Since sexuality is the domain in which we get most close to the intimacy of another human being, totally exposing ourselves to him or her, sexual enjoyment is real for Lacan: something traumatic in its breath-taking intensity, something impossible in the sense that we cannot ever make sense of it. This is why a sexual relation, in order to function, has to be screened through some fantasy. Recall the love encounter between Sarah Miles and her illicit lover, the English officer, in David Lean’s : the depiction of the sexual act in the midst of the forest, with waterfall sounds supposed to render their subdued passion, cannot but strike us today as a ridiculous bric-a-brac of cliches. However, the role of the pathetic sound accompaniment is profoundly ambiguous: by way of emphasizing the ecstasy of the sexual act, these sounds in a way derealize the act and deliver us of the oppressive weight of its massive presence. A small mental experiment is sufficient to make this point clear: let us imagine that, in the middle of such a pathetic rendering of the sexual act, the music would all of a sudden be cut out, and all that remained would be quick, snappy gestures, their painful silence interrupted by occasional rattle and groan, compelling us to confront the inert presence of the sexual act. In short, the paradox of the scene from is that the waterfall sound itself functions as the fantasmatic screen obfuscating the Real of the sexual act.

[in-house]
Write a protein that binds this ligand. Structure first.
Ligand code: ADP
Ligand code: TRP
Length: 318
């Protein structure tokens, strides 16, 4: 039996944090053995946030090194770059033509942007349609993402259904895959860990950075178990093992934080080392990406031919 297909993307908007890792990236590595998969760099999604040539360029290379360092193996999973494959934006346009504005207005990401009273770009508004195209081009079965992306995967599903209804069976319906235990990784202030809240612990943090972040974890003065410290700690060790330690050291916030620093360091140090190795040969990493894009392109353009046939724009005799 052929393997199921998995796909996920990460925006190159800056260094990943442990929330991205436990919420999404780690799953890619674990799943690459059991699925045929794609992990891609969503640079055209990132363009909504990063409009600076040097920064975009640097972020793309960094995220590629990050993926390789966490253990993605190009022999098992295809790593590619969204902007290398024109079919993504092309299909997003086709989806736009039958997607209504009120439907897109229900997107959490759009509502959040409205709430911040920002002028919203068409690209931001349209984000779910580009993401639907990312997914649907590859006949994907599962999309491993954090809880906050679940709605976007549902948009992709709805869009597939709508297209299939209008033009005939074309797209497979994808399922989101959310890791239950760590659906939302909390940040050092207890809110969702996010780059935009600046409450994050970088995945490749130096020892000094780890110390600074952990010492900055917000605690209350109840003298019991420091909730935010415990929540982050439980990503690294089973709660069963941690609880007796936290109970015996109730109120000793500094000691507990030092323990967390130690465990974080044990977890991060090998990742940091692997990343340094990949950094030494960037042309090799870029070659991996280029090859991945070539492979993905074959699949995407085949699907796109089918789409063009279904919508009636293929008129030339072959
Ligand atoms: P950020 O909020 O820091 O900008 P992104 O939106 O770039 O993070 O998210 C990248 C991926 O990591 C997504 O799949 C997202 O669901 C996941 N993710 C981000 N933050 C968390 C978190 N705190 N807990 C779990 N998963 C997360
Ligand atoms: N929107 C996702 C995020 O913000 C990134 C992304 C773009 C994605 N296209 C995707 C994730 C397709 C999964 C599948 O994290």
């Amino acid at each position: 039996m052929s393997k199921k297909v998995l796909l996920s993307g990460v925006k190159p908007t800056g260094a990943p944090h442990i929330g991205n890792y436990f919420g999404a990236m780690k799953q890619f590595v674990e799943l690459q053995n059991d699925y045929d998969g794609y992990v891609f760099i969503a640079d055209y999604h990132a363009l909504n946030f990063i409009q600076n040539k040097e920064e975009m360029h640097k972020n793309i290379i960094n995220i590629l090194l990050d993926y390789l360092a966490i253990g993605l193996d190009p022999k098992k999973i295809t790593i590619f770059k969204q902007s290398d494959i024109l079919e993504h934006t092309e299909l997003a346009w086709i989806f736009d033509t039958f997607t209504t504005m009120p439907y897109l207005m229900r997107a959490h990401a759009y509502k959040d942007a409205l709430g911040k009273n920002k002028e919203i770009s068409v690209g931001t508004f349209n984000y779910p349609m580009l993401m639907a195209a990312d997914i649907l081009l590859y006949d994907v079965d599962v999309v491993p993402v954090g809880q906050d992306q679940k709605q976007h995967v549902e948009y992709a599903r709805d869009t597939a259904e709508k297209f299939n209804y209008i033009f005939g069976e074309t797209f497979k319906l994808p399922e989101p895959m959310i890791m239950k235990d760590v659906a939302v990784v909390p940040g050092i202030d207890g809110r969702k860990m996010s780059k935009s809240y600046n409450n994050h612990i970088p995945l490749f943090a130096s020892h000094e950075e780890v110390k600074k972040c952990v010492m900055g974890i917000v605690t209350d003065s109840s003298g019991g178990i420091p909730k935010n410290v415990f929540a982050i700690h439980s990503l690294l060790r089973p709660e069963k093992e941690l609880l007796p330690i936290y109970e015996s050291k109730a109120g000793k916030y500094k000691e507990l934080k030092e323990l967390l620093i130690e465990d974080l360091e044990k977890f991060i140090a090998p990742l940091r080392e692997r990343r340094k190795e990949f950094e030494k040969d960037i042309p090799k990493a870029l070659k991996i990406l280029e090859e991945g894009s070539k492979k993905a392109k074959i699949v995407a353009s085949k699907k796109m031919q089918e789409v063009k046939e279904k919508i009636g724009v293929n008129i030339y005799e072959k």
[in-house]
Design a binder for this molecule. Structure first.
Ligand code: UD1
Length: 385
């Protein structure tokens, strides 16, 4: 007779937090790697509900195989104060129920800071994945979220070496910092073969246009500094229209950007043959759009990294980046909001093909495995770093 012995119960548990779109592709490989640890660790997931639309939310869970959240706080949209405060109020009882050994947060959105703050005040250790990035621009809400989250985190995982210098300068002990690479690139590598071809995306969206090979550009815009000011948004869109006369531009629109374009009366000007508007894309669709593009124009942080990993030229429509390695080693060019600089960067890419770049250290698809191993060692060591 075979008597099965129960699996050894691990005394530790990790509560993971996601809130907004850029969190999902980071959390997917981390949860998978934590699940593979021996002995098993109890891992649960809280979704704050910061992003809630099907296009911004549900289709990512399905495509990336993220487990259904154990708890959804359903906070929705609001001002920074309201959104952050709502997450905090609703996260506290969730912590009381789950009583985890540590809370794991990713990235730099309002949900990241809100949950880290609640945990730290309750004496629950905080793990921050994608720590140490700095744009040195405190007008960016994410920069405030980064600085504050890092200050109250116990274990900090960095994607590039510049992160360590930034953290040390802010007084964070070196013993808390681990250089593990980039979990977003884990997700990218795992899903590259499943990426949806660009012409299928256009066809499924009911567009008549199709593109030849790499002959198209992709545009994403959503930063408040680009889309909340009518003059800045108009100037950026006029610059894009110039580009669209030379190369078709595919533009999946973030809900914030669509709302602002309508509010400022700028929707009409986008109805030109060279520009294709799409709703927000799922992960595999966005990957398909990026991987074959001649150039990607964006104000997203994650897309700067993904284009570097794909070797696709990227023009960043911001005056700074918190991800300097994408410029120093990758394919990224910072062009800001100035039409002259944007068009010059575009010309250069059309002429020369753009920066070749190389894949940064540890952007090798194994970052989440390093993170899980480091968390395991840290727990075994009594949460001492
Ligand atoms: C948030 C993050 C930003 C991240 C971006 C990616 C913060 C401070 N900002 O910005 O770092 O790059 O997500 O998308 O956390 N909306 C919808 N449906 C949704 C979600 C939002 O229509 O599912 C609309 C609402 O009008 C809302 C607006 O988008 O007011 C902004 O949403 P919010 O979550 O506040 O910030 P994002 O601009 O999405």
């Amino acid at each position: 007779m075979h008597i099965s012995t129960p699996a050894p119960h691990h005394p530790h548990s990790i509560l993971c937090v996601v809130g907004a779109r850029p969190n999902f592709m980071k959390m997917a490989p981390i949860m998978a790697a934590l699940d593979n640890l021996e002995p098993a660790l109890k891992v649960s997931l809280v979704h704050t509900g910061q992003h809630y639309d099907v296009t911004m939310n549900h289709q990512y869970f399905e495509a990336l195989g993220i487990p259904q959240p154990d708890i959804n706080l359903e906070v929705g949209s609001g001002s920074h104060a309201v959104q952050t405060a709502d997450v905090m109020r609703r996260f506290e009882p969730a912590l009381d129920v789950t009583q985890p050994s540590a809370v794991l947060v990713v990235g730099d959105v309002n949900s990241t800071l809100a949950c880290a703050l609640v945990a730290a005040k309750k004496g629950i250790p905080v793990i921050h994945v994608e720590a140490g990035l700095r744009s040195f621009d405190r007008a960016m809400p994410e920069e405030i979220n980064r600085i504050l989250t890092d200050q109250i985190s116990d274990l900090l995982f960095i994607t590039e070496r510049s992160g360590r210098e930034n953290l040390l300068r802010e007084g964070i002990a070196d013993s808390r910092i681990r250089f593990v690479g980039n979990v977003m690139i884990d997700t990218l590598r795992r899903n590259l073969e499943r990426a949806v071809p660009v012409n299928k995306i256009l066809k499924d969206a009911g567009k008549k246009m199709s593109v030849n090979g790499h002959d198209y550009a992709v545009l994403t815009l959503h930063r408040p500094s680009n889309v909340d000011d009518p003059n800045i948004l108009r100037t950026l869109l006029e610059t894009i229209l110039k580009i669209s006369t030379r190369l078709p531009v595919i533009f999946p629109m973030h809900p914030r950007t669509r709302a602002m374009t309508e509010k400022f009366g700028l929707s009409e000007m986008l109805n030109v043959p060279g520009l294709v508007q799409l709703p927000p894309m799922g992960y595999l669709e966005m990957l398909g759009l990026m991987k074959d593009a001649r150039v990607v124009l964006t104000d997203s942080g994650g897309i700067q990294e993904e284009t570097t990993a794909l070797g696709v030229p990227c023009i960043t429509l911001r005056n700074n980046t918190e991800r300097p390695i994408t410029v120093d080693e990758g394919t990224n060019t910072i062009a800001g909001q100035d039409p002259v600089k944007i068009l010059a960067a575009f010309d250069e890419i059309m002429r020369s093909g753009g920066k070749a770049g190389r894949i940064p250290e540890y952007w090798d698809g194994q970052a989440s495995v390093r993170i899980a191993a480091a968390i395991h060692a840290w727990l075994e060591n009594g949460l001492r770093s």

With his illuminating Theology of the Body, Pope John Paul II challenged the modern world not to stop at the surface, but to enter the depth of the “great mystery” that the body and sex reveal: a mystery that lies at the heart of the Gospel itself.
Gorman [.pdf] - Adam Levin - Megan Basham
If you’ve been keeping up with us on any of our social media pages (Instagram, Facebook, or Twitter), you certainly have seen our photo posts with Humanae Vitae quotes. We started that last July, and if you’ve read every single one of them, we’ve got news for you:You’ve read the entire . . .
Last updated on February 7, 2011.